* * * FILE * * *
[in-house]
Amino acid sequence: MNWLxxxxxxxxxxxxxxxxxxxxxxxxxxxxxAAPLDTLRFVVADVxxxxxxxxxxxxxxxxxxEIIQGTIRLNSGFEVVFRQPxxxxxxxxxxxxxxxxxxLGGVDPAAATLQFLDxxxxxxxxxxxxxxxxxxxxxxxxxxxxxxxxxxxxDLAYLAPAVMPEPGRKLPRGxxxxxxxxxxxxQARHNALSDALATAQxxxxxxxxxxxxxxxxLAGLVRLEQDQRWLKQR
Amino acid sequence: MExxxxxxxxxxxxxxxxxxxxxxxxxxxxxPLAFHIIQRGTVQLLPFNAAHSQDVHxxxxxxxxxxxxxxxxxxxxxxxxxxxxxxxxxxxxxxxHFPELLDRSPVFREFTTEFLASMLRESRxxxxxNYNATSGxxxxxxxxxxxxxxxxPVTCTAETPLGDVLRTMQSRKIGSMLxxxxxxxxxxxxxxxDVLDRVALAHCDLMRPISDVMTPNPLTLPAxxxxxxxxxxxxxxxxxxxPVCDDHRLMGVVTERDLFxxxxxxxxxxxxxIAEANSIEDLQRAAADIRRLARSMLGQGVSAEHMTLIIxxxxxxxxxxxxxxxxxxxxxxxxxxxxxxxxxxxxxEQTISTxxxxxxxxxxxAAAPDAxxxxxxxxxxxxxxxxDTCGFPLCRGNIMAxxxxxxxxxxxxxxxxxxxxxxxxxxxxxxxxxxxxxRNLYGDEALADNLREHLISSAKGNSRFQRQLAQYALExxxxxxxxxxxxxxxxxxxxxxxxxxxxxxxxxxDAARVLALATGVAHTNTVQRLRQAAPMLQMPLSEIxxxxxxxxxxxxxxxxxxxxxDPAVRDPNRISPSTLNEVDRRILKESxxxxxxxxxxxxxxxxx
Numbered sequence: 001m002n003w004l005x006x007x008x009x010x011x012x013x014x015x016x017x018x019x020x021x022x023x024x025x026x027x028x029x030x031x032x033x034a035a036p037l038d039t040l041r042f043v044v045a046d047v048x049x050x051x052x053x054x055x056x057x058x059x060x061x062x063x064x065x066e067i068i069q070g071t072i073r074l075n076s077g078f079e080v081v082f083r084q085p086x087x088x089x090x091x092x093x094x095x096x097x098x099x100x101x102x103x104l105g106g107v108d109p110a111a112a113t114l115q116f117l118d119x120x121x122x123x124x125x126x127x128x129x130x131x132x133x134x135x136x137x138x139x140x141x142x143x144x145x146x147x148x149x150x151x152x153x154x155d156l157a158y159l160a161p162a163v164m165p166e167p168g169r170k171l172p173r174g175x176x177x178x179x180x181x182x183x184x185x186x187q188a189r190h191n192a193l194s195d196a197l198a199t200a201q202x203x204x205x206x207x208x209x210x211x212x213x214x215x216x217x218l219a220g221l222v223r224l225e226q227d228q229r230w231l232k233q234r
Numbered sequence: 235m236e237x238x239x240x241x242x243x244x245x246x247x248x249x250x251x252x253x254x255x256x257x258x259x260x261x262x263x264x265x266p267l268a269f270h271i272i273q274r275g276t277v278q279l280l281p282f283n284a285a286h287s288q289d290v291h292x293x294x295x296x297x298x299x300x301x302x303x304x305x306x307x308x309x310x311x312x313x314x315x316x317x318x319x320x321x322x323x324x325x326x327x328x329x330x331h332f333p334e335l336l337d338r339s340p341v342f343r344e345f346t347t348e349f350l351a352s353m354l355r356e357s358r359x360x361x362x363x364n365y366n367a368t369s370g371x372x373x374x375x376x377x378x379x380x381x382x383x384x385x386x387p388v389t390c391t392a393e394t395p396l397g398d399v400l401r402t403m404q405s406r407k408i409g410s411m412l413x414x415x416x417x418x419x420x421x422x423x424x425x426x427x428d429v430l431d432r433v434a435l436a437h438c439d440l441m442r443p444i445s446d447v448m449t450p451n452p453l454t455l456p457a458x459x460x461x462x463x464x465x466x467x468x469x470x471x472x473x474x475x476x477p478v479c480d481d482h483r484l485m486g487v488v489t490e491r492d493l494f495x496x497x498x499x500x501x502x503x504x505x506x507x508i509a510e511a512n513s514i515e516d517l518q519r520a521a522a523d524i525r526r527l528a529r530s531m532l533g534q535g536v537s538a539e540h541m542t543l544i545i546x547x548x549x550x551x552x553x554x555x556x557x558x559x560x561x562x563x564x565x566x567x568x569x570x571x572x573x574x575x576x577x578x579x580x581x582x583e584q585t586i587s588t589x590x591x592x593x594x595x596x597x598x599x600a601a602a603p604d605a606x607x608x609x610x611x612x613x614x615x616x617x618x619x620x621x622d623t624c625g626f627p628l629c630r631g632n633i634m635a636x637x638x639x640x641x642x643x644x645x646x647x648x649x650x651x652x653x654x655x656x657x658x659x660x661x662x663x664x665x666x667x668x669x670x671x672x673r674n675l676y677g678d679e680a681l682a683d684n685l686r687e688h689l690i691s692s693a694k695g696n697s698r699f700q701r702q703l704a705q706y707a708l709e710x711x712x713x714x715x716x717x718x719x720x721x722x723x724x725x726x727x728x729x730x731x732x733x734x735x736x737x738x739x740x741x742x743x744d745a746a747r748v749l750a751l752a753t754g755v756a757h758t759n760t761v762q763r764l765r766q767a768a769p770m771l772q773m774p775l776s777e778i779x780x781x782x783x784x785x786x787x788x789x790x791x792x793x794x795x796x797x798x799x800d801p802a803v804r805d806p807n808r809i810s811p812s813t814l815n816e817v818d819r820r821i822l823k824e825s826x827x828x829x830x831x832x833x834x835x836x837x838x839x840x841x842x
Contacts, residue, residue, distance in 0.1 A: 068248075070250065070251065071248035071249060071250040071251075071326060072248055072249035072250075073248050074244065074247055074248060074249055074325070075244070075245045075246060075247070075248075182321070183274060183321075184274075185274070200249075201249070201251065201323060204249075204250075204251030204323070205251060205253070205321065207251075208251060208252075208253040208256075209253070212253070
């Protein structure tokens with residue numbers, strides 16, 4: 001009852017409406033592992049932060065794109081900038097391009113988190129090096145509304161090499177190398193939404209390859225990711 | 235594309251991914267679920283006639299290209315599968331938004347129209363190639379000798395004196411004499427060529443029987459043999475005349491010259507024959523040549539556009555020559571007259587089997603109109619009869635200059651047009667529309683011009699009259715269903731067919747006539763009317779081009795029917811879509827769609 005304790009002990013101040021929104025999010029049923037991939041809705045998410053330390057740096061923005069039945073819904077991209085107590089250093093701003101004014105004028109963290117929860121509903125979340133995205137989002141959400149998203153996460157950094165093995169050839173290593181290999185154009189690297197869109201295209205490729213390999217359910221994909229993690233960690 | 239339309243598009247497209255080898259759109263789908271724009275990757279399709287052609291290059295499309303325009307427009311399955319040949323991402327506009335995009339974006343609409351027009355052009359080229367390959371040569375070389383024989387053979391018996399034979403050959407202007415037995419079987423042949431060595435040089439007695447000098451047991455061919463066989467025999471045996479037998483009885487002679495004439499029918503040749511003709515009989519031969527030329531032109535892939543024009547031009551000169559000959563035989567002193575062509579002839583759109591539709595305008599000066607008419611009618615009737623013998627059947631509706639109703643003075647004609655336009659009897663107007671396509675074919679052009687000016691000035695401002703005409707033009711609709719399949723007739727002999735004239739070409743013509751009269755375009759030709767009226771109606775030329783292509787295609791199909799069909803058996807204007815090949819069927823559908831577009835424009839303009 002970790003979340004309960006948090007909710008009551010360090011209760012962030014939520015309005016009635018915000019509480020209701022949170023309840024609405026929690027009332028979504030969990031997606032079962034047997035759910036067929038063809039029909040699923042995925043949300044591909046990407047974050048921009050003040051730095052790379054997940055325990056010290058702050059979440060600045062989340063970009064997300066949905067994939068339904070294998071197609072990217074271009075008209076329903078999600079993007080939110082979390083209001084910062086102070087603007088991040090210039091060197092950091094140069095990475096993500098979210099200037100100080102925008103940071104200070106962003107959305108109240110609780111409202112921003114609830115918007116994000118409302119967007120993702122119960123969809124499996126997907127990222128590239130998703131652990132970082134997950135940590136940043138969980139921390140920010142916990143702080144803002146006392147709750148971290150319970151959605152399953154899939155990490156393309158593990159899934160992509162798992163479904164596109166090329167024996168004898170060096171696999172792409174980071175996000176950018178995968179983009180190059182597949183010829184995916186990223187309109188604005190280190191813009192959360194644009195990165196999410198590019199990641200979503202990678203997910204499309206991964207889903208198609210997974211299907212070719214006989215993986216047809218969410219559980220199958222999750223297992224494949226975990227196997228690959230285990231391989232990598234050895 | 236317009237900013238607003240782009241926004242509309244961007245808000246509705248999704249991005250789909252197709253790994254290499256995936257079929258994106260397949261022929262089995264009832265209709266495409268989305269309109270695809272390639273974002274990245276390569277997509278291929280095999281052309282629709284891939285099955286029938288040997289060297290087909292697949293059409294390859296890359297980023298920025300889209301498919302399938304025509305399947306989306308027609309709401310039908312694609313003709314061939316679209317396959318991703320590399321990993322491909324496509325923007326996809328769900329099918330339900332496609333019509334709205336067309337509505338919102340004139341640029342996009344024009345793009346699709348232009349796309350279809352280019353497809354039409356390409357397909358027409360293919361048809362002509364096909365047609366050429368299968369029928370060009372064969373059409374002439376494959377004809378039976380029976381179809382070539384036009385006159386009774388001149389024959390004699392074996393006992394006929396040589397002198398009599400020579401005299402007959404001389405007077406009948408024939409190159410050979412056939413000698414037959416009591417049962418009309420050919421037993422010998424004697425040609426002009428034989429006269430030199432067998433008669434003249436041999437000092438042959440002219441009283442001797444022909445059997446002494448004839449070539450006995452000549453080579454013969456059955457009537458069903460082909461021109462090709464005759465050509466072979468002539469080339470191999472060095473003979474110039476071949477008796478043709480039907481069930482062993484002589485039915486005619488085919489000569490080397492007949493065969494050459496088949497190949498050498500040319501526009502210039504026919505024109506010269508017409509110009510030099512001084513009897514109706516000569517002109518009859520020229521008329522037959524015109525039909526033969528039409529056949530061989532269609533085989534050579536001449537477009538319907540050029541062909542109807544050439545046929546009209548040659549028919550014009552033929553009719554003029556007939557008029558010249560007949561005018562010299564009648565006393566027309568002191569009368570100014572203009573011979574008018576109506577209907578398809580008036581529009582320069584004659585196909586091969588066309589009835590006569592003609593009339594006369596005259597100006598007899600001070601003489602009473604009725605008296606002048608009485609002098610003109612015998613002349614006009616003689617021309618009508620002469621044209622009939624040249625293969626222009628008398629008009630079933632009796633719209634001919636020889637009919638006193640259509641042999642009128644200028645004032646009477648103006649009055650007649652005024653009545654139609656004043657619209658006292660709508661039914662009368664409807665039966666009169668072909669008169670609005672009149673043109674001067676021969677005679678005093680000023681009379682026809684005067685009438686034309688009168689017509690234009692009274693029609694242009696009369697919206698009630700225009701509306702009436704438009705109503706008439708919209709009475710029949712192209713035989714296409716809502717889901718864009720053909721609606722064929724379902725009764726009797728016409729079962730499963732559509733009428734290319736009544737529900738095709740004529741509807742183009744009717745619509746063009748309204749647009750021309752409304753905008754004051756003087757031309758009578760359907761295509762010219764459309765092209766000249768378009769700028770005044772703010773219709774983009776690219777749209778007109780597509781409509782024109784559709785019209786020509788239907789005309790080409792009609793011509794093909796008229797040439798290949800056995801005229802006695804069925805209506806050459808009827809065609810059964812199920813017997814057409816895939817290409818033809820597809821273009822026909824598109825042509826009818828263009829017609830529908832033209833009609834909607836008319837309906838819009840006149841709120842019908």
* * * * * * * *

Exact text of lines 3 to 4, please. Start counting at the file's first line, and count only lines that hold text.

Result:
Amino acid sequence: MExxxxxxxxxxxxxxxxxxxxxxxxxxxxxPLAFHIIQRGTVQLLPFNAAHSQDVHxxxxxxxxxxxxxxxxxxxxxxxxxxxxxxxxxxxxxxxHFPELLDRSPVFREFTTEFLASMLRESRxxxxxNYNATSGxxxxxxxxxxxxxxxxPVTCTAETPLGDVLRTMQSRKIGSMLxxxxxxxxxxxxxxxDVLDRVALAHCDLMRPISDVMTPNPLTLPAxxxxxxxxxxxxxxxxxxxPVCDDHRLMGVVTERDLFxxxxxxxxxxxxxIAEANSIEDLQRAAADIRRLARSMLGQGVSAEHMTLIIxxxxxxxxxxxxxxxxxxxxxxxxxxxxxxxxxxxxxEQTISTxxxxxxxxxxxAAAPDAxxxxxxxxxxxxxxxxDTCGFPLCRGNIMAxxxxxxxxxxxxxxxxxxxxxxxxxxxxxxxxxxxxxRNLYGDEALADNLREHLISSAKGNSRFQRQLAQYALExxxxxxxxxxxxxxxxxxxxxxxxxxxxxxxxxxDAARVLALATGVAHTNTVQRLRQAAPMLQMPLSEIxxxxxxxxxxxxxxxxxxxxxDPAVRDPNRISPSTLNEVDRRILKESxxxxxxxxxxxxxxxxx
Numbered sequence: 001m002n003w004l005x006x007x008x009x010x011x012x013x014x015x016x017x018x019x020x021x022x023x024x025x026x027x028x029x030x031x032x033x034a035a036p037l038d039t040l041r042f043v044v045a046d047v048x049x050x051x052x053x054x055x056x057x058x059x060x061x062x063x064x065x066e067i068i069q070g071t072i073r074l075n076s077g078f079e080v081v082f083r084q085p086x087x088x089x090x091x092x093x094x095x096x097x098x099x100x101x102x103x104l105g106g107v108d109p110a111a112a113t114l115q116f117l118d119x120x121x122x123x124x125x126x127x128x129x130x131x132x133x134x135x136x137x138x139x140x141x142x143x144x145x146x147x148x149x150x151x152x153x154x155d156l157a158y159l160a161p162a163v164m165p166e167p168g169r170k171l172p173r174g175x176x177x178x179x180x181x182x183x184x185x186x187q188a189r190h191n192a193l194s195d196a197l198a199t200a201q202x203x204x205x206x207x208x209x210x211x212x213x214x215x216x217x218l219a220g221l222v223r224l225e226q227d228q229r230w231l232k233q234r